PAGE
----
good luck

  7. #7

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    Talking to a Mechanic; The Osprey has a nasty history of retaining water in the transom on the first and early models. Lots of them for sale on the internet -WHY???

  8. #8
    Member FISHFACE's Avatar
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    they also had a issue with their stringers not being in the same spots. when you went to mount something there was nothing to mount to, at least that's what SS told me when they started making osprey.

  9. #9
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    Default I Agree With FISHFACE

    From both my own experience in riding on both brands and from talking to guides using both Osprey and SeaSport over in Sitka - the SS can be pretty "jumpy" in the trough compared to the Osprey. I wasn't in tough weather on either brand of boat so I don't have any personal observations but according to the guides the SS was a better ride in the rough stuff.

    IMHO, I preferred the cockpit area layout of the Osprey for fishing and would be inclined to go with it with the equipment that is included.

  10. #10
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    Default Osprey Ride

    Big Jim - deadrise isn't the only factor in how a boat rides. I had a 26 Osprey LC before my current boat, a Shamrock 270 Mackinaw. The Mack has less deadrise aft but a much smoother ride in a chop. I attribute this to two things, 1) the Osprey has chine and keel flats that help in lift (and less roll at anchor) but slap on impact in a chop. And 2), the Mack has an inboard with straight shaft drive so the engine weight is midship. If you go on the Yahoo Osprey forum, one question asked a while back was what was the best improvement on your boat. A lot of folks came back with an air ride seat so that tells you something. My ride is way more comfortable now, though I should mention a 3rd factor, speed. I cruise about 4 kts slower, about 22kts vs. 26 in the Osprey so impact in a chop would be more noticeable at the higher speed. One other thing, the Osprey seemed to wallow at intermediate speeds between hull speed a full planing speed so going much slower than about 20 kts had the bow way up in the air, not real good for visability. The Mack with shallower deadrise seems fine in the teens when it gets really sloppy.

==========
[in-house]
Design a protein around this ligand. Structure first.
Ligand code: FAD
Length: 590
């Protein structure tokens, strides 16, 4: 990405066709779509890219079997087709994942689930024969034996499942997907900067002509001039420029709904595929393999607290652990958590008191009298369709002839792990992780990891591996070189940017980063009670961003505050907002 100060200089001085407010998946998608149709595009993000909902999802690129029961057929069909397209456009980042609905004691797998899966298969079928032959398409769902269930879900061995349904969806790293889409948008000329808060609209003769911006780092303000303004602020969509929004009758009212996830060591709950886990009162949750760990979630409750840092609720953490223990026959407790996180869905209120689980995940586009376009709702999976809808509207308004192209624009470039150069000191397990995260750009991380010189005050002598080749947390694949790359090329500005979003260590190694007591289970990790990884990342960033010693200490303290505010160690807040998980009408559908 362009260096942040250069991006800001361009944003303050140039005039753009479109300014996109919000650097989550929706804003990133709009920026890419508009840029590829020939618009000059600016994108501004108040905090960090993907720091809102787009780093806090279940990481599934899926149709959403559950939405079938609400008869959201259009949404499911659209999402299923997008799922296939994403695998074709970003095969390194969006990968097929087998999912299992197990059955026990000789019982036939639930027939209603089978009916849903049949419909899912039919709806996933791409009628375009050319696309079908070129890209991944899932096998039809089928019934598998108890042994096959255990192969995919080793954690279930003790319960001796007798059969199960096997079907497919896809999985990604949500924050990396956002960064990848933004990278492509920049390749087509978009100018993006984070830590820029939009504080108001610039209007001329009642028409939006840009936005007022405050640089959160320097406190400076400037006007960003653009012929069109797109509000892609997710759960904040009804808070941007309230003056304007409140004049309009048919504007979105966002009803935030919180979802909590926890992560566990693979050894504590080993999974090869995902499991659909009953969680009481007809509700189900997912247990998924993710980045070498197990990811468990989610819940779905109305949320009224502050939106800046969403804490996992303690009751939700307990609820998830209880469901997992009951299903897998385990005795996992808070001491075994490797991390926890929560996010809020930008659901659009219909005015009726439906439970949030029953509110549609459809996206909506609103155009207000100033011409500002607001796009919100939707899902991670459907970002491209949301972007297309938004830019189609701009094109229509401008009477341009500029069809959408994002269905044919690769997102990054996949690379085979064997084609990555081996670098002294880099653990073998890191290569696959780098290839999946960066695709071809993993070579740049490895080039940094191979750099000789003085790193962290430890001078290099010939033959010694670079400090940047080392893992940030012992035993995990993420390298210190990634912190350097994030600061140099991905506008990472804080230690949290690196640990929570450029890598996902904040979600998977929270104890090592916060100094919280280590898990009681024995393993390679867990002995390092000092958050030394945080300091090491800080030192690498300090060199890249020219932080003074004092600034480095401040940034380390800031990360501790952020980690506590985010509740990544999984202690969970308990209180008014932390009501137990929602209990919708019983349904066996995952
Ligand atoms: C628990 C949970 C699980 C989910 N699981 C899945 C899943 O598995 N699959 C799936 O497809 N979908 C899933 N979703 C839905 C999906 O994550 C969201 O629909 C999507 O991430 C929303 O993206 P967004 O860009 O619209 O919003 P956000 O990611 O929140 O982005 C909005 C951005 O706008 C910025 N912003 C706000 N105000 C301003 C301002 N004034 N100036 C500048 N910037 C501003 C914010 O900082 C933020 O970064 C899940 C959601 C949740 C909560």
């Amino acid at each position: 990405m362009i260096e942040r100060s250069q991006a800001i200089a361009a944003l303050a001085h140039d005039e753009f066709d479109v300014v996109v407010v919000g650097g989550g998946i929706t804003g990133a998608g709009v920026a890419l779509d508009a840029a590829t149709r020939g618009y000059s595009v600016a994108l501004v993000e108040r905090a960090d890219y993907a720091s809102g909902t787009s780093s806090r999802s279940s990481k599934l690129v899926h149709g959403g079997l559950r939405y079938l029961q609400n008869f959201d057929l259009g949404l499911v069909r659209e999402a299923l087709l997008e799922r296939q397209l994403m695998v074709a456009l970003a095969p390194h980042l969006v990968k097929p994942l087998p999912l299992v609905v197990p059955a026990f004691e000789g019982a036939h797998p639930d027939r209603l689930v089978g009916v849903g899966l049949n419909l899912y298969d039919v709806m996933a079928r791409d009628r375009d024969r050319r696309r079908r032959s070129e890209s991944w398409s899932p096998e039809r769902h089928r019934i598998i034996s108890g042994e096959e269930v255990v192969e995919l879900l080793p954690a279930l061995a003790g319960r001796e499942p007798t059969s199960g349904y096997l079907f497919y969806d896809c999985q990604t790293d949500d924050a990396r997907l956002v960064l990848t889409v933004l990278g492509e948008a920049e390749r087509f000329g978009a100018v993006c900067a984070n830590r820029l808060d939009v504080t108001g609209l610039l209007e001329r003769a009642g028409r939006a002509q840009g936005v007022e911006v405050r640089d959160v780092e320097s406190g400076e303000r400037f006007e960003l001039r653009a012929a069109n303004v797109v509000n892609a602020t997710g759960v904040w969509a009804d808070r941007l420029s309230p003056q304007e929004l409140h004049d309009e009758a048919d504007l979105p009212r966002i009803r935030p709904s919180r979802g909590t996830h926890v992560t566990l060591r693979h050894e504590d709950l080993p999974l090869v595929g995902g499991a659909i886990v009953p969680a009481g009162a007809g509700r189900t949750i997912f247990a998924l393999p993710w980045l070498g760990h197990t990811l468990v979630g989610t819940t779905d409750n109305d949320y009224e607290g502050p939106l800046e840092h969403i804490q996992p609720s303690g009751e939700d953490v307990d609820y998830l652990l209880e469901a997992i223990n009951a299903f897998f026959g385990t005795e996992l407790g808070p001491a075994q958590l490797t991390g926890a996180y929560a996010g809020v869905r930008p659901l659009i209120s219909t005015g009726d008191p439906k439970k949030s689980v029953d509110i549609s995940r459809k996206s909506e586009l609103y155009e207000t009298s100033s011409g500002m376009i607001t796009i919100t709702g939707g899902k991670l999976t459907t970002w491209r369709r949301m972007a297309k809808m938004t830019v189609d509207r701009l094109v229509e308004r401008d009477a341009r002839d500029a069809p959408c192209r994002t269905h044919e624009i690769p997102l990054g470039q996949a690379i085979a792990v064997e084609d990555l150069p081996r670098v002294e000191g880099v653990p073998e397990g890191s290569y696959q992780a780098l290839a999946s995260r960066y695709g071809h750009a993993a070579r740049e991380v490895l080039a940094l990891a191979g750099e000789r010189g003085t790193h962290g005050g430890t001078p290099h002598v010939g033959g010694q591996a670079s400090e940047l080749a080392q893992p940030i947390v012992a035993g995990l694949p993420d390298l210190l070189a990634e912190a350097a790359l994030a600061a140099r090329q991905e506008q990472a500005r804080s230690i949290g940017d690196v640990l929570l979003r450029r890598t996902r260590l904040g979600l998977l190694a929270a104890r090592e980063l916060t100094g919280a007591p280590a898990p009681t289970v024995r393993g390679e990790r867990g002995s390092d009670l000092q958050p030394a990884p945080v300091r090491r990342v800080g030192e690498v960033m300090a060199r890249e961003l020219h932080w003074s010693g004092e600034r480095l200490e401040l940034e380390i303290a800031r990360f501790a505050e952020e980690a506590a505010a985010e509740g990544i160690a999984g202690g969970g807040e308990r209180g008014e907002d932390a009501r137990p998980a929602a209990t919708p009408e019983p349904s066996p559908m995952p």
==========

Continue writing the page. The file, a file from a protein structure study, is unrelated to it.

11. #11
    Member jrogers's Avatar
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    Default Deadrise

    I have noticed the same thing about deadrise. I have heard from others that the deadrise at the transom is what dictates your ride, but I have not experienced this. My boat only had 14 degrees at the transom, but I have a friend that has a SeaSport Voyager and we tend to like to run about the same speed in rough conditions. I put some trim out and cut he seas with the nose when it gets rough, but this is a pretty simple adjustment. I still want to try trading boats some time and seeing how the other boat feels in identical conditions, but when I have my wife and three daughters, age 2-13 on board and he tells me I am running as fast as he is comfortable in his boat, it seems the ride must be similar.

    Getting back on topic, I think what this means is that you should run each boat if possible to see what you think. While that would be hard to do here right now, you may be able to talk them out of rides at Boondocks in WA if they think you are interesting in buying.
    2009 Seawolf 31'